Royal College of Art, UK
Blood, sweat and tears: How did skateboarding's Thrasher t-shirt become the fashionista's 'off duty' look?
While the rise of skateboard companies such as Supreme and Palace have usurped the ranks of fashion’s hierarchy, there remains conflict and tension within the skateboard community regarding the industry’s legitimacy to convey authentic cultural meaning to the images and artefacts pertaining to skateboard lifestyles. Typically characterised as outcasts, lawbreakers and nuisances, skateboarders now signify a visual representation of cool. High fashion brands embody the lifestyle on the pages of fashion magazines, within the frames fashion films and on international catwalks. The profound outcome of this has led many of Skateboarding’s self-identified ‘rebels’ to negotiate the desires of their community alongside the yearnings of aspirational youths determined to authenticate themselves by appropriating the aesthetic and textual lives of skateboarders.
This paper presents a discussion on one specific case study, the iconic American skateboard magazine, Thrasher. A dominant voice within the skateboarding community, Thrasher magazine is an anti-establishmentarian, subcultural publication. It shapes a sense of currency within the skateboard community while hinting at the future. Identifying with Skateboarding’s every day practices the magazine emphasises the artistic and visual dissemination of tricks, locations and products, forming a framework of characteristics which examine behaviours, values and social interactions. This paper seeks to describe the history of the magazine’s spirit, identifying the stakeholders who advocate the ‘Thrasher lifestyle’ hypothesising why the magazine’s merchandise became synonymous with the notion of cool. The paper enquires how Thrasher’s t-shirt became a focal point of fascination for the fashion obsessed, addressing some of the tensions felt within the skateboard community on the reporting of this ‘new trend’.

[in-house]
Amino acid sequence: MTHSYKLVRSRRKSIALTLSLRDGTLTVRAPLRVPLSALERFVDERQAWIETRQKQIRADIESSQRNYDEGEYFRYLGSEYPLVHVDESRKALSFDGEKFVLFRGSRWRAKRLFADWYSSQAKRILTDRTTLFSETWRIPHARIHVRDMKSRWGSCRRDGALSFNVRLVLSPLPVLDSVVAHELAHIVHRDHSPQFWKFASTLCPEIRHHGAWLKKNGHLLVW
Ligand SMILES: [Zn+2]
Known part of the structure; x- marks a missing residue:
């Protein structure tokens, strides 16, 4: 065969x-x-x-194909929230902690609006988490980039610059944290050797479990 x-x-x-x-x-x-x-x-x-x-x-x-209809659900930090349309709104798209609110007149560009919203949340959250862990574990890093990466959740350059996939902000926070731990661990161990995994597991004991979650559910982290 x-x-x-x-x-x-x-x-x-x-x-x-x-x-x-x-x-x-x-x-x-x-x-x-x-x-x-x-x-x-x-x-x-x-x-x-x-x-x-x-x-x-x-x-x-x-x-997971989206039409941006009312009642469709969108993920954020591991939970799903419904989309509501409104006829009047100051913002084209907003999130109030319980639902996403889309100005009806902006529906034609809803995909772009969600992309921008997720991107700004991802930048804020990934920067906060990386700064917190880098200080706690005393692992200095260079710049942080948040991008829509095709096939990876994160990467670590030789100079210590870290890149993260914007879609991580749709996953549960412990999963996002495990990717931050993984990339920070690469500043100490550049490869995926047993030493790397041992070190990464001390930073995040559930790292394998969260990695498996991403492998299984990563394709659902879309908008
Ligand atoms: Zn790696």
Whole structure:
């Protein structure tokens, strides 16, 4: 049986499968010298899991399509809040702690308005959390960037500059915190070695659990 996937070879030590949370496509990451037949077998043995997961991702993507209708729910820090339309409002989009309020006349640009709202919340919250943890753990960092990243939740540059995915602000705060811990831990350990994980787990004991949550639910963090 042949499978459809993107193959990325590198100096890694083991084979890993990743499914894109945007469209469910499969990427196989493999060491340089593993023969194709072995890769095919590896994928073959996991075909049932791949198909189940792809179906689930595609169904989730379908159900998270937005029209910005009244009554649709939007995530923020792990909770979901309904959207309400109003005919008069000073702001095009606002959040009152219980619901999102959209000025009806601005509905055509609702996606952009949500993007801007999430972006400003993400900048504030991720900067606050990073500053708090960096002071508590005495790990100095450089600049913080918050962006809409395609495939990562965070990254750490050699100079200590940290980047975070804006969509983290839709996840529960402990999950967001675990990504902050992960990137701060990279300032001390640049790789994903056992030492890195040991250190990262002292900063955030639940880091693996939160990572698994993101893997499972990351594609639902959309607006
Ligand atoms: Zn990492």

The study adopted an ethnographic qualitative approach using mixed methods of non-participant observations, focus groups and in-depth interviews. Primary research in the form of interviews with Thrasher’s publisher, Tony Vitello and editor at large Mike Burnett provided in-depth knowledge of the history of Thrasher. Secondary research including review and analysis of editorial content, interviews and readers’ comments from online publications including Dazed and Confused, GQ style, Hypebeast, and Vogue explored the subject and aided the researches conclusions. Content analysis was used to look for key themes and patterns within the observations, commentary and interviews (Johnson, Onwuegbuzie, Turner 2007).
The paper acknowledges the pressures of current fast fashion journalism but asks if there is a need for discussions around commentary on specific areas of subculture fashion, in this case Thrasher Magazine, so as not to alienate those who identify with the appropriated lifestyle.